To populate the area, Mexican authorities came up with a land grant system to attract settlers (empresarios) to Mexican Texas. Many enterprising frontiersmen in the United States were in search of adventure and the prospect of land grants in Texas was tantalizing. For many of these explorers, settling down in Texas represented a fresh start.
The catch to the land grant program was that American migrants had to become Mexican citizens, follow Mexican laws, nominally accept the Catholic faith, and learn Spanish. American settlers started pouring into Mexican Texas, and by the mid-1830s, they significantly outnumbered the Mexican citizens there. The American settlers forged a distinct identity that did not align with the political desires of Mexican authorities, who had other plans in mind for Texas.
Tensions came to a head after General Antonio López de Santa Anna became president of Mexico and committed himself to centralizing the Mexican state. Mexico fell down the path of dictatorship after Santa Anna suspended the Mexican Constitution and declared himself dictator in 1834. Shortly thereafter, Santa Anna used the Mexican army to clamp down on Texas, which had enjoyed a quasi-autonomous status, to see through his centralist vision for Mexico. The Mexican strongman’s actions generated significant backlash from the Anglos and even some Mexicans (Tejanos) residing in Texas.
Texas had its Lexington moment on October 2, 1835, when Texans took up arms against a Mexican military detachment in the settlement of Gonzales, Texas. The Battle of Gonzales immortalized the Come and Take It flag that was flown before the battle, where Texans dared Mexican forces under the command of Colonel Domingo de Ugartechea to seize a cannon in the settlement’s possession. The Texans compelled the Mexican forces to retreat, marking the beginning of the Texas Revolution.
With the adoption of the Texas Declaration of Independence on March 2, 1836, the Texans explicitly laid out their decision to break free from Mexico. They cited Santa Anna’s actions to transform Mexico’s federal republic into a centralized military dictatorship and the reneging on guarantees to protect a number of their constitutional liberties (the right to bear arms, trial by jury, and freedom of religion) as some of the principal reasons for their decision to revolt. Moreover, separatist Anglo Texans enjoyed support from Americans in Congress who were more than happy to encourage the partition of Mexico into smaller pieces.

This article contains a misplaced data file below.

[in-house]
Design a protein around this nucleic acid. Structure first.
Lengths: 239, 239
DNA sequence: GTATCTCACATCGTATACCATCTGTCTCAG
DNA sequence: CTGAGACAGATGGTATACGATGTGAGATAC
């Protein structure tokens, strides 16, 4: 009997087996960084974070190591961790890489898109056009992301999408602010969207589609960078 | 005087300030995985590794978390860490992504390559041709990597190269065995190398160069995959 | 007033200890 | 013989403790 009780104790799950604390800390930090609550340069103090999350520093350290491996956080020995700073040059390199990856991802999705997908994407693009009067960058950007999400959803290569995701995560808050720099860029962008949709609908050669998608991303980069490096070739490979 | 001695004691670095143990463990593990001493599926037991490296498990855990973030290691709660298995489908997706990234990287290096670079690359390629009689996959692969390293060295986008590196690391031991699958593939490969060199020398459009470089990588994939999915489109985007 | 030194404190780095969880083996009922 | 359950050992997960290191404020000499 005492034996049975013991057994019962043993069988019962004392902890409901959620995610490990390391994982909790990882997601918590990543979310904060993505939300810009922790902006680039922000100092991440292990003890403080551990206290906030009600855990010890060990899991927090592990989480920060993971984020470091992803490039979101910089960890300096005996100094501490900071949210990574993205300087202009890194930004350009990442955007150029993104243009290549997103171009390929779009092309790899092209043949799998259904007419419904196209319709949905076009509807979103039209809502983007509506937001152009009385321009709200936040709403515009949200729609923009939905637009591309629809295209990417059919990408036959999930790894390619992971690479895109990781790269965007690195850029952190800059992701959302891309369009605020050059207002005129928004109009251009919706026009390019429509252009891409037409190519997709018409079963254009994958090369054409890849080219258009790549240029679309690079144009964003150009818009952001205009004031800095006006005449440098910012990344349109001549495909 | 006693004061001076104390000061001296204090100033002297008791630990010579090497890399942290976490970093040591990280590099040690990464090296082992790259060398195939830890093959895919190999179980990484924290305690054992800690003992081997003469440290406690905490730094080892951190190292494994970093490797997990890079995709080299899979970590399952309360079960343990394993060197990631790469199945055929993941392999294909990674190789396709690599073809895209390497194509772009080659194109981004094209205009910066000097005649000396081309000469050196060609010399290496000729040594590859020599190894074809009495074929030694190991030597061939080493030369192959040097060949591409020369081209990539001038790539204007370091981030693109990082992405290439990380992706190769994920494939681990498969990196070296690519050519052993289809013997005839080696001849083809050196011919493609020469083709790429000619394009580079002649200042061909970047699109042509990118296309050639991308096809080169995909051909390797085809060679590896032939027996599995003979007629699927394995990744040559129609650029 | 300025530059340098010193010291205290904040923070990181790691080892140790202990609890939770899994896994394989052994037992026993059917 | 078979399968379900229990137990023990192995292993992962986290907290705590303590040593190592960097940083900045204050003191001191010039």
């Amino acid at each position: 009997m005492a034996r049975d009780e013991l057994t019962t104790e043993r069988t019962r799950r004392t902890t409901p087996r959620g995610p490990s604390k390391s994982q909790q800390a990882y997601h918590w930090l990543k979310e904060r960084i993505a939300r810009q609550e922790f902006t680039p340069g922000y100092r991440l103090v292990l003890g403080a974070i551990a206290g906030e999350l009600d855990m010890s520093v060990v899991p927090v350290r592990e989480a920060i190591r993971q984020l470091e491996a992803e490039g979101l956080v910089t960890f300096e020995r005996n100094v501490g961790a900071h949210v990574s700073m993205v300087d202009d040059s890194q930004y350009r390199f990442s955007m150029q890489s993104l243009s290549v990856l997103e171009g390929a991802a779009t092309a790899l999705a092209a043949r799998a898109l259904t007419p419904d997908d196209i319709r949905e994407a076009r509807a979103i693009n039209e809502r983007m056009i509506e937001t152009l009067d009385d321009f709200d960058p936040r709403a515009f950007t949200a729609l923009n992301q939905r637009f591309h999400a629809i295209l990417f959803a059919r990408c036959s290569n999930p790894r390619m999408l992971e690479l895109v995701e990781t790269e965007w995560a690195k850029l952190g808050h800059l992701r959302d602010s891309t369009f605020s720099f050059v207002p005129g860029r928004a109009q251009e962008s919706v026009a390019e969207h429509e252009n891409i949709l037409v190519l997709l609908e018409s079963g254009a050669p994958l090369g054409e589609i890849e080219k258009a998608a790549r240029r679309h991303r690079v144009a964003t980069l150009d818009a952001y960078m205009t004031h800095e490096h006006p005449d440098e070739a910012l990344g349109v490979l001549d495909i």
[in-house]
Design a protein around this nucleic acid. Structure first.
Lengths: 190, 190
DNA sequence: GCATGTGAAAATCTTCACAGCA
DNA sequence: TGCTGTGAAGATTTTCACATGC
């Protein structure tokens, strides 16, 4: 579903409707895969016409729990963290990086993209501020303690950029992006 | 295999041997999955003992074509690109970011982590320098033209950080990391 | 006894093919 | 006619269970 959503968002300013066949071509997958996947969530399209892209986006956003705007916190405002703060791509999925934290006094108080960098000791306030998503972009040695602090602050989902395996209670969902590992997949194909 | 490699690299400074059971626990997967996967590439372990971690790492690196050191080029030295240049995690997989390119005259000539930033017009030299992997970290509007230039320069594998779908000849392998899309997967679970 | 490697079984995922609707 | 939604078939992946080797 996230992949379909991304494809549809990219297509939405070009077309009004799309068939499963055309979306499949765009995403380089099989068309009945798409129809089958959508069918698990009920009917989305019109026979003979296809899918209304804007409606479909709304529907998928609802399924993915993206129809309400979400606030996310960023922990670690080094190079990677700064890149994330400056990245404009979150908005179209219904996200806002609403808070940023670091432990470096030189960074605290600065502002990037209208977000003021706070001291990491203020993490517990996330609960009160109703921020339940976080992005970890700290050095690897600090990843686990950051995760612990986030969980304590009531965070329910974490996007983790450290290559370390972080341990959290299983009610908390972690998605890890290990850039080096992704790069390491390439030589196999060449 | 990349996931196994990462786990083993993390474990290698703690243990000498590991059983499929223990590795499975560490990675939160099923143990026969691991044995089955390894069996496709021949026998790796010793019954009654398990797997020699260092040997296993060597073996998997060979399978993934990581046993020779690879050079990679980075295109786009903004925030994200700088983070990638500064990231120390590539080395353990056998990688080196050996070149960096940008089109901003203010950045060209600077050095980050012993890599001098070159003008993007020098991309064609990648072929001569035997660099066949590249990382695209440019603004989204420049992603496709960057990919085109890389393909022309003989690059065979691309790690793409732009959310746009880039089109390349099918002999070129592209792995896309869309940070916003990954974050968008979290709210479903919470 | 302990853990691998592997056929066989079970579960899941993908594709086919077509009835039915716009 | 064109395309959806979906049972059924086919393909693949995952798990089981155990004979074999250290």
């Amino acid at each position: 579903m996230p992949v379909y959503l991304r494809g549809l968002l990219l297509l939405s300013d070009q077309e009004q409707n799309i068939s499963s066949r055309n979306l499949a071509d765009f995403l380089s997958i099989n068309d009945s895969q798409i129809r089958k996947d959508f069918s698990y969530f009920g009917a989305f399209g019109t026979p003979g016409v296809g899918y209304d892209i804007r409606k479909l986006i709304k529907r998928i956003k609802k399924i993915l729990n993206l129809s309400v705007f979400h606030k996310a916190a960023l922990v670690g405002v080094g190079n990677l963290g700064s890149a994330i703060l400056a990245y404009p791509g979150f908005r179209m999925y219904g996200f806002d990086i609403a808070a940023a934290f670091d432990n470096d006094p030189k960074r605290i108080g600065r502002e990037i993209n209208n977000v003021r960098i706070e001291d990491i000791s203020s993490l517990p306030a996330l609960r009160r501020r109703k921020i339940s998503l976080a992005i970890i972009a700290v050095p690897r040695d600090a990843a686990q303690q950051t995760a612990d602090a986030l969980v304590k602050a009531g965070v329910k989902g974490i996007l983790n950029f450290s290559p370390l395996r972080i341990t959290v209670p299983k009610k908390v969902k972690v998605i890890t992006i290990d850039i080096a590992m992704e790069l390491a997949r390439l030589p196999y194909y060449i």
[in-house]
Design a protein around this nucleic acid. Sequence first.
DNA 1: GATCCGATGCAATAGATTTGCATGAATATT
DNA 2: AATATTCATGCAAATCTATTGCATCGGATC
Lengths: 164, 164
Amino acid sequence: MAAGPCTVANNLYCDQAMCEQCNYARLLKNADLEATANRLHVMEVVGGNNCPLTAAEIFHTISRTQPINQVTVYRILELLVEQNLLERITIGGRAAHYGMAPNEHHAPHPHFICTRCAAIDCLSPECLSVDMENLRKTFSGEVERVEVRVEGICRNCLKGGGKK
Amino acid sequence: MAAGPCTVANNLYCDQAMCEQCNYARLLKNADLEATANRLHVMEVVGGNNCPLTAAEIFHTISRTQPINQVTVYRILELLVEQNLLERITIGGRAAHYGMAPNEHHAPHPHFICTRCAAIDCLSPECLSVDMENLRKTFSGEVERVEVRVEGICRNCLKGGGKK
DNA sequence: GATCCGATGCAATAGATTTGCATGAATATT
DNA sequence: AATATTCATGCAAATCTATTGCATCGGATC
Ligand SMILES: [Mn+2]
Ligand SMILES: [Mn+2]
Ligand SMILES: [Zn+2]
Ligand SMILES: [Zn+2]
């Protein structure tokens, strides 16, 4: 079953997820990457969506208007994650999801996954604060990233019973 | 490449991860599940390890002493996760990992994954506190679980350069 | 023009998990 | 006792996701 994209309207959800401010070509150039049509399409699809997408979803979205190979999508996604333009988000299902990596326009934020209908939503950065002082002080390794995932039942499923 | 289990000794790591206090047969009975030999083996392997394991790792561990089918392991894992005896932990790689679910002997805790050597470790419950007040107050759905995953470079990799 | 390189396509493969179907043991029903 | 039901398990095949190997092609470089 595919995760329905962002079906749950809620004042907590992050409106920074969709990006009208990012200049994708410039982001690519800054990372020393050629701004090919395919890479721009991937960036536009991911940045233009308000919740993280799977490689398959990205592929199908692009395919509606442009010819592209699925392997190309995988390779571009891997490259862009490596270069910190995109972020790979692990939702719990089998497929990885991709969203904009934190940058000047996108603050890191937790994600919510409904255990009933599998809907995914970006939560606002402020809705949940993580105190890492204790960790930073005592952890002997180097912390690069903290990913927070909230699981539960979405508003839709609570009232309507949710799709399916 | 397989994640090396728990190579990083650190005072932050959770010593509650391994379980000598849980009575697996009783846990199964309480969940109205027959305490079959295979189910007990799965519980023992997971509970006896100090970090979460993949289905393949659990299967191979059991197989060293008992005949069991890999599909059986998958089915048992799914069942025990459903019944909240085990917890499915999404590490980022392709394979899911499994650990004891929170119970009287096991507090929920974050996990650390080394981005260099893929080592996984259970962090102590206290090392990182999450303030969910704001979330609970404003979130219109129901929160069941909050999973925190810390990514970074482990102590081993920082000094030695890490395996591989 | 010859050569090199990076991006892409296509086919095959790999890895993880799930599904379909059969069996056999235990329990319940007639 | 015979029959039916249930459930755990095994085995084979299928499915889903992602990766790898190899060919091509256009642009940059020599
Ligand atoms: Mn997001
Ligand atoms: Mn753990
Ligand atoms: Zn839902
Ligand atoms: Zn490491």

The Texas Revolution came to a decisive conclusion at the Battle of San Jacinto on April 21, 1836, after the Texan army captured Santa Anna and compelled him to sue for peace. Although Santa Anna returned to Mexico unharmed, the Mexican Congress did not ratify a treaty to recognize the new Republic of Texas, but several countries such as Britain, France, and the United States recognized the independent republic. Texas would later be annexed by the United States, in 1845.
Does Secession Have a Place in Contemporary American Politics?
After protesters stormed the US Capitol on January 6, 2021, the ruling class was worried about a number of bugaboos such as insurrection, sedition, and treason. The commentariat’s utter disdain for Trump supporters and those who don’t bend the knee to the managerial regime can no longer be concealed. The fact that more than 70 million Americans could be categorized as “domestic terrorists” suggests America is ruled by an occupational class who wants to browbeat its subjects into submission and modify their behavior so it comports with regime standards.
At this juncture, sober minds would stop pretending this country can remain united. Americans would be wise to not dismiss separatism just because their history textbooks said it’s illegal, racist, or treasonous. Instead, they should recognize it as a tool that could save a lot of headaches and even lives. The hyperpolarized state of American politics is not going anywhere, and can only become more heated as America’s social fabric deteriorates and politics become more divisive. Whatever civic glue held Americans together in the twentieth century has been rapidly withering away in recent decades.